The Rock-Dove (or Rock-Pigeon, White-backed Dove, Doo or Rockier)
“The Rock-Dove is another species which is a maritime dweller but whose racial and structural affinities are of the land. But it is not so exclusively littoral as the Rock-Pipit, darting inland on swift and rhythmic wing to feed on grain and seeds about the farm-house or in the pastures. Here it commingles with its domesticated descendants, the wild original of them all.
It has a dreadful influence over these tame pigeons, breeding with them so that their young desert the ways of men and revert, even in colour, to the wild in their later descendants. It can infect even adult birds with the poison of liberty, and these throw off their ornamentalisms , break with their acquired habits, swing off to a sea-life and indulge in promiscuous gallantries on the farm-house roof no-more.
They become complete outcasts, shunning the human form and oblivious of the benefits of parasitism which man has showered upon them. They become liable to being struck down by Peregrine Falcons and shot by their former protectors, while they are exposed to the full rigours of the northern winter and to every hazard of a free existence. Yet these birds never return to the human fold.
Consequently, you can never be sure whether the birds you see are renegade fly-aways or the genuinely primitive ” Blue Rock.” If you see a male pigeon strutting and cooing before his fair one on a rock-ledge half-way up the perilous cliff up, you think – “The parent of these birds trod the farmyard as the stage for this identical scene.”
As like as not, you will be wrong, for this kind of wooing is an inherited memory of the wild in the tame. When a party of birds springs out from the cliff-head and circles low over the sea, rejoicing in the sun and waves whose strength has entered their buoyant flight, and racing pace, you will deny that such grace and command could ever emerge out of a dovecot. You may err again, for it is astonishing how speedily the rebels slough off their civilization.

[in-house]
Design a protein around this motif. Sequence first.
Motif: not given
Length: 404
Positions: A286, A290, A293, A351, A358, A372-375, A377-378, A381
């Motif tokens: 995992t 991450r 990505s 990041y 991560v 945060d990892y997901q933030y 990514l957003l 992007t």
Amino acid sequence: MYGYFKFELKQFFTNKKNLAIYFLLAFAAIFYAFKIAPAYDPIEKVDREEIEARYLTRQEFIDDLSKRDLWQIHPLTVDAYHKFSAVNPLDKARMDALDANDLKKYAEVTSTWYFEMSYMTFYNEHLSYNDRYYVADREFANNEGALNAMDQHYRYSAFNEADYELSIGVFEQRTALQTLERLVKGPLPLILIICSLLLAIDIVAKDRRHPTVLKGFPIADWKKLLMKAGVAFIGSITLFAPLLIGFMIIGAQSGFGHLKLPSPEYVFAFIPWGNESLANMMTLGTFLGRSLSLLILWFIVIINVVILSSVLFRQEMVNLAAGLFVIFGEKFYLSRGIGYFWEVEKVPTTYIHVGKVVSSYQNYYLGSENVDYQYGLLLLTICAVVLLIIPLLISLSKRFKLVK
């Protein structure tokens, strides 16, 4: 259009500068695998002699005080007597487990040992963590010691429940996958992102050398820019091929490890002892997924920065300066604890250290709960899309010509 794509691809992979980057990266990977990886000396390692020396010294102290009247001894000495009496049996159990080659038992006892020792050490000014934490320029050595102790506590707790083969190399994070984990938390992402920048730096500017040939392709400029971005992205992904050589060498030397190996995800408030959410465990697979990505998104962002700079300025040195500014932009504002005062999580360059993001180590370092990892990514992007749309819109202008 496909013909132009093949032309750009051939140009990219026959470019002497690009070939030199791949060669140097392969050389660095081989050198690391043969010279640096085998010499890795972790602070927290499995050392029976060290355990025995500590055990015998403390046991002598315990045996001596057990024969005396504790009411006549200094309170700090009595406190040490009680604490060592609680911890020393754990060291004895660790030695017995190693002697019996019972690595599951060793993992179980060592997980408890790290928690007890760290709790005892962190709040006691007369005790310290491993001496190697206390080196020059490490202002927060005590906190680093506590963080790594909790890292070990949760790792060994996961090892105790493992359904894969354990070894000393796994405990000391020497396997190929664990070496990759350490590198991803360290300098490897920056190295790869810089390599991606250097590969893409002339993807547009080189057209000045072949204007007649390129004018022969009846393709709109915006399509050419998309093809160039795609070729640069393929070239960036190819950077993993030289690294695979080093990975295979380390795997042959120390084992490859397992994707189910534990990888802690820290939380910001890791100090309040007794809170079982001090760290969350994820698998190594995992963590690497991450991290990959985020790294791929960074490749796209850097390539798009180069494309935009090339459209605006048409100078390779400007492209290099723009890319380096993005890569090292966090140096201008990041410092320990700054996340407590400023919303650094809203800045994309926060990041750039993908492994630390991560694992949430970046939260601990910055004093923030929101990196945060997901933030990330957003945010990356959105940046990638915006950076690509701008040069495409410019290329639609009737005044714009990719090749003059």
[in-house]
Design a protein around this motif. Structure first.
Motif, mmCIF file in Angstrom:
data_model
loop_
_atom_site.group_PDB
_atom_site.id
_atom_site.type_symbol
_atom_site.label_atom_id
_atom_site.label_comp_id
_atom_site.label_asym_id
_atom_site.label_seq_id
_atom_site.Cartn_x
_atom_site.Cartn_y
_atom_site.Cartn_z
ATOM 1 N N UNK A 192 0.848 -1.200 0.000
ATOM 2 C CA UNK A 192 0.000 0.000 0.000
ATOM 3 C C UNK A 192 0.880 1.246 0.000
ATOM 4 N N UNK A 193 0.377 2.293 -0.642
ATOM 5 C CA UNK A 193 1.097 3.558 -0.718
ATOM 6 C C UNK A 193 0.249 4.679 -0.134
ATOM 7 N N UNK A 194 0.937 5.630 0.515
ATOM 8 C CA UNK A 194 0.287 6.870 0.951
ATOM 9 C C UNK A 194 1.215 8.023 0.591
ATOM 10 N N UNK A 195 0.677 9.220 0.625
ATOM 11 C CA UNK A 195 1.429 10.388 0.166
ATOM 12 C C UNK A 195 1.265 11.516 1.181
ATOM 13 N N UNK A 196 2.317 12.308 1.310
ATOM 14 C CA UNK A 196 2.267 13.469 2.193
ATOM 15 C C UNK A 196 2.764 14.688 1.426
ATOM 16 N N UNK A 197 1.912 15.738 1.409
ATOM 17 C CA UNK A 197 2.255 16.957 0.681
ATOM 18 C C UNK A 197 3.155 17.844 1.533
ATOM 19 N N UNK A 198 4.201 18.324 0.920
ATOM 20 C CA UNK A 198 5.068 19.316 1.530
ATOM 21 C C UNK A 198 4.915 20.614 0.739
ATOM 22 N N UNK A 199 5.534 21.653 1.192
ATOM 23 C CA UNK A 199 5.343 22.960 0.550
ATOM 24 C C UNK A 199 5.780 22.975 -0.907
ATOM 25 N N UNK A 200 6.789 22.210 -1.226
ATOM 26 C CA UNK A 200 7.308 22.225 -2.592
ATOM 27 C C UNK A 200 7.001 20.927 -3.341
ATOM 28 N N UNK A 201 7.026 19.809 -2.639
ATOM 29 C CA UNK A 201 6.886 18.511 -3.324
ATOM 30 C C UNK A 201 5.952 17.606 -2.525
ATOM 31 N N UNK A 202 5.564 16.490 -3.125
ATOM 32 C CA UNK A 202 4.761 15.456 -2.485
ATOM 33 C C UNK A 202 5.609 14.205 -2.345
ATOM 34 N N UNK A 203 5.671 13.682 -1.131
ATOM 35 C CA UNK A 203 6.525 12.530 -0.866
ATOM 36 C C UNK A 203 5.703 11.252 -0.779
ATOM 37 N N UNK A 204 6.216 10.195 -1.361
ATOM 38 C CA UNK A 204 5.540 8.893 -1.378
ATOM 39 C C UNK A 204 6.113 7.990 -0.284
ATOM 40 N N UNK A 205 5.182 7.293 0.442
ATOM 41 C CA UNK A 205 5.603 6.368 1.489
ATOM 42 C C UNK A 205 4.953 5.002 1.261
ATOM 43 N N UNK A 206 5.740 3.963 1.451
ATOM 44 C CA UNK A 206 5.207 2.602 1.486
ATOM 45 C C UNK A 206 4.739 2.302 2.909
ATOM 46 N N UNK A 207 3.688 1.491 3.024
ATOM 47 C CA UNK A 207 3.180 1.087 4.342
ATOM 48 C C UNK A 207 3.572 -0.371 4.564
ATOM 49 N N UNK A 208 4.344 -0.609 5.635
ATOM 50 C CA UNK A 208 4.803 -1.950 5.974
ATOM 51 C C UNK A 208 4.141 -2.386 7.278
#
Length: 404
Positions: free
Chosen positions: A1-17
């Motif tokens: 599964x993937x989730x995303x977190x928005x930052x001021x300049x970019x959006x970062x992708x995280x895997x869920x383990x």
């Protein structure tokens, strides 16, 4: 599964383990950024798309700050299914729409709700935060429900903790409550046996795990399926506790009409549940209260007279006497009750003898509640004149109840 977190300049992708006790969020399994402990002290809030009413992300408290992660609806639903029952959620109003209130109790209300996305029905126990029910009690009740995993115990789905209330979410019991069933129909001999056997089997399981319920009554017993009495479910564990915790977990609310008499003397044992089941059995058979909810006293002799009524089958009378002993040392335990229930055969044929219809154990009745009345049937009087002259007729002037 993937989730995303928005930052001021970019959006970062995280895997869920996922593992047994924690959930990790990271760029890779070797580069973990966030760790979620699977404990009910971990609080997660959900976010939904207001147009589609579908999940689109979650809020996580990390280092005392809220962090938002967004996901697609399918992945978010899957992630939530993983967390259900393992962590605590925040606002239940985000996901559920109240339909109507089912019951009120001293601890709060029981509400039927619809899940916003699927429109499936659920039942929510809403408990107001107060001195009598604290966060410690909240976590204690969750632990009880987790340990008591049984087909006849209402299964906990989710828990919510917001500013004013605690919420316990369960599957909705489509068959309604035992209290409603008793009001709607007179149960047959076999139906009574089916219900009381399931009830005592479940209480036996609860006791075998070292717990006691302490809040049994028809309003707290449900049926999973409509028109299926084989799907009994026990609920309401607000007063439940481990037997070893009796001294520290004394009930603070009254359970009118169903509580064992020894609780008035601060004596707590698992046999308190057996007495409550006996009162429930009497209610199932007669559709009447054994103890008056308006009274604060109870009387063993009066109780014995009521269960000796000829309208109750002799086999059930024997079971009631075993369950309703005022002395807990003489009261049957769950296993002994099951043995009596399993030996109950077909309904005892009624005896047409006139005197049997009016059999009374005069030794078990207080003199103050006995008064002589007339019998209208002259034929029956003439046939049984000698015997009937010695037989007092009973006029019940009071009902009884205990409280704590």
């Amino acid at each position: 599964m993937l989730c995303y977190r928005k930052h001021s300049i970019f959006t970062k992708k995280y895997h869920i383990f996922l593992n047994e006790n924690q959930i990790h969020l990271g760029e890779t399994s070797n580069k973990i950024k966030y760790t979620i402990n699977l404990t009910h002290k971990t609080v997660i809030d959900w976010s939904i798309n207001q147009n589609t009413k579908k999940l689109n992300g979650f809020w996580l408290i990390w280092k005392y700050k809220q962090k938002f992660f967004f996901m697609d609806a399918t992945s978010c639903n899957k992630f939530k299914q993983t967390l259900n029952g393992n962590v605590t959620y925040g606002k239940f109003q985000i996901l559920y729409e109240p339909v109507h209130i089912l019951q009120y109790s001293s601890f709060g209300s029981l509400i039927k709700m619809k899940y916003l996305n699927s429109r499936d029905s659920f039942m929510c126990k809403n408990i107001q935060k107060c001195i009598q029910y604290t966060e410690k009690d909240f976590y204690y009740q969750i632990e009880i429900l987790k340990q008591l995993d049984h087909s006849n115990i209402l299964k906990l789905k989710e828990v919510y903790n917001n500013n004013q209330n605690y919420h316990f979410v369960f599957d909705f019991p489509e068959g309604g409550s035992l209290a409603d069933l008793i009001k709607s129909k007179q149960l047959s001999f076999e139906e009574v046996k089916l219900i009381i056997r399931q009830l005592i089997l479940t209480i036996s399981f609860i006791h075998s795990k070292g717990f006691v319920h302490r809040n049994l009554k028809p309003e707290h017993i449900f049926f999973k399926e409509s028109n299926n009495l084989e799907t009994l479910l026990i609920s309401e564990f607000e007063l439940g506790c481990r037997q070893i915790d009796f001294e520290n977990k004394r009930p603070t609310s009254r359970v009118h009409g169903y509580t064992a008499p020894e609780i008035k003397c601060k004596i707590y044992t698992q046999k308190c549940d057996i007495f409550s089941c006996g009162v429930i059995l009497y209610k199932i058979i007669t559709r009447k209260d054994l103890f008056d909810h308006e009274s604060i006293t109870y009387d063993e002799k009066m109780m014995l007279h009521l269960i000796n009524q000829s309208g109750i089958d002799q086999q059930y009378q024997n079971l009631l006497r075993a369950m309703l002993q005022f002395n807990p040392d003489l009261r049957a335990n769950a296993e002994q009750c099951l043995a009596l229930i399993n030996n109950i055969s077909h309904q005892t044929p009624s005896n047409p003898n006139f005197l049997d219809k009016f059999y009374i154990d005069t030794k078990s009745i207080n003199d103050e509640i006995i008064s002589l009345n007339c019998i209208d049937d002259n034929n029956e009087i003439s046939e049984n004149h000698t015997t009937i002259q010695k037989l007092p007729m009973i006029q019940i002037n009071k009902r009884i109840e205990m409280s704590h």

The true Rock-Dove is a bird of the north and west, nesting abundantly in the Hebrides, the Orkneys and Shetlands and among the rocky Scottish islands. Except for its plentiful colonies along the Welsh coast on Flamborough Head and in parts of Ireland, it is an uncommon bird, with wide gaps between its breeding stations, many of which are now deserted.
The pairs make a rude nest of twigs, grasses, ling or seaweed usually on the higher ledge of a cavern, for like the shag, the Rock-Dove is a troglodyte. Two pure white glossy eggs are laid and the young are fed in the universal pigeon-fashion.
This description is by H.J. Massingham in his book ‘Birds of the Seashore’ . Read more here.